Paddy Feeney writes on ‘that’ week…
By Paddy Feeney
The date is October 29th, the final whistle has just blown at Turf Moor to finally end the misery of a poor derby day display by Blackpool. Message boards are set to go into overdrive as hundreds of fans start the post-mortem on what is undoubtedly one of the worst displays of Ian Holloway`s spell as Blackpool manager. Supporters criticise the manager, the formation, the players, anything they can think of to try and explain what went wrong.
ast forward seven days, and the mood is a whole lot lighter, the fans are a lot happier, and things are looking a whole lot better. A midweek mauling of Leeds on their own patch, followed by a solid display and result against in-form Millwall, and the Seasiders are back in the top six, and looking like the side that was predicted when they came down. Fans suddenly are a lot happier, delighted to point out where things went well, though some will never be satisfied.
The question that fans need to ponder is what Blackpool can realistically aim for this season. There were fans who said at the start of the season, somewhat naively, that Blackpool would automatically walk towards the top end of the table. Most of the squad that took them up was still intact, the spine of the side such as Ian Evatt, Keith Southern and Gary Taylor-Fletcher had been added to, with the likes of Barry Ferguson and Kevin Phillips adding experience to an already maturing side. Tom Ince and Matt Phillips brought youthful vigour and excitement to the side, adding squad depth and quality out wide, and Billy Clarke returned to first team action after his encouraging pre-season.
Others said Blackpool should be delighted with a top half finish. The lack of investment in quality, as player after player slipped through Pool`s grasp due to the inability to match other clubs for wages, despite the huge windfall courtesy of the Premiership parachute payments, leaving Holloway to work on free transfers and lower league grafters, such as Miguel Angel Llera and Bojan Djordjic. Rumours of player fallouts in the build-up to the opening game away at Hull, Neal Eardley`s supposed contract dispute, cannot have helped the preparation for what was already a difficult start to the season.
A bright start increased the sense of comfort that the optimistic Pool fans seemed to be approaching the season with. A wonder strike from Taylor-Fletcher earned Pool one of the tougher wins of the season at Hull, and a Kevin Phillips brace earned another three points in the first game at Bloomfield Road against former Preston manager Darren Ferguson`s Peterborough United. A remarkable comeback away at Brighton to become the first team to take something away from the South Coast club this season papered over the cracks that were beginning to appear, before the slump in October, when the pessimism started to fly back to the forefront.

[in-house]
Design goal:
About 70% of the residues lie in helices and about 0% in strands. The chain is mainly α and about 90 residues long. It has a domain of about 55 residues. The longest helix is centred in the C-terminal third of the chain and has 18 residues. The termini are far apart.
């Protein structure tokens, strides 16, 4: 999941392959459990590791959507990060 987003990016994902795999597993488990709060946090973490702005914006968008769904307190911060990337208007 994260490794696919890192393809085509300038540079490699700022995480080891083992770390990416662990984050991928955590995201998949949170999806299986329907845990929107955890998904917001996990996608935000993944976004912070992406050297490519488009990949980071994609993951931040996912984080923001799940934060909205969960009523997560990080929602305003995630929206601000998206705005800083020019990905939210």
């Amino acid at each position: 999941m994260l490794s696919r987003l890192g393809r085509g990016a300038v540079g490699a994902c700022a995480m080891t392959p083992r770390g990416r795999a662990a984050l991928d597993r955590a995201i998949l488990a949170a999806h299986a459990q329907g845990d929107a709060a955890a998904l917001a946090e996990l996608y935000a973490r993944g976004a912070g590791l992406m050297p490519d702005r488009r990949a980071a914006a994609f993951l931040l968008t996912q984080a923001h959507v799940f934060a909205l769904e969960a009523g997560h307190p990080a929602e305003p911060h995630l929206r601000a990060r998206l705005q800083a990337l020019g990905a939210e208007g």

roblems with Keith Southern`s and Gary Taylor-Fletcher`s contracts were eventually resolved after a long running dispute, Blackpool were uninspiring in defeats and somewhat fortunate in victory, Doncaster Rovers can count themselves very unlucky not to have left Bloomfield Road with 3 points, let alone the one they were denied by Tom Ince`s last gasp wonder strike.
But after recent performances that have taken the Seasiders back into the playoff spots in a very tightly contested Championship table, where as many as 12 teams can realistically say that they have genuine playoff ambitions, the good feeling has returned to Bloomfield Road, but where from here? Can Blackpool really challenge to go back to the Premiership at the first time of asking, or will they fall away due to their lack of squad strength, with the majority of players signed in the summer yet to get anywhere near first team action, such as Bob Harris, Paul Bignot, and the aforementioned Djordjic.
In my opinion, there is nothing that suggests that Blackpool cannot challenge for the top six, but it is important that the manager is backed in January. With Jonjo Shelvey and Callum McManaman both set to return to their clubs in January, likely to be replaced by the returning Matt Phillips and Billy Clarke in the squad, Blackpool should be safe in the forward department, especially with the addition of Lomana Lua-Lua, and the forthcoming return to fitness of Taylor-Fletcher. In midfield, the recent form of Ludovic Sylvestre has given Pool fans cause to look forward to the rest of the season, and when he eventually returns to full fitness, Elliot Grandin will look to return to his early season good form.
At the back, there could be issues. A long term injury to either Craig Cathcart or Alex Baptiste would stretch Pool to the limit. The main central defensive cover for either Cathcart or Evatt is Baptiste, bringing Neal Eardley in at right back, but the next in line for a defensive position is Matt Hill, who showed at West Ham he is not physical enough to hold down a central defensive spot, and not quick enough to play a prolonged period at full back. Depth is required. In goal, Ian Holloway`s faith in youngster Mark Halstead could be tested, as Mark Howard`s contract expires in January, and Matt Gilks is beginning to resemble one of his old banger racing cars, patched up to go again each week, with his knee and ankle injuries making themselves known already this season.
If Blackpool are to succeed, the quality of the arrivals is crucial. In the promotion season, the added quality of DJ Campbell, Stephen Dobbie, Seamus Coleman and Barry Bannan were crucial in the run in, as the additions in League One of Joe Hart and Chris Brandon were in the run in all those years ago. It hinges on whether Holloway can add similar talent to the squad during the run-in, as it is unlikely that the likes of Kevin Phillips and Barry Ferguson will be able to continue to play the level of football that they have been producing at the rate of games that they will be playing.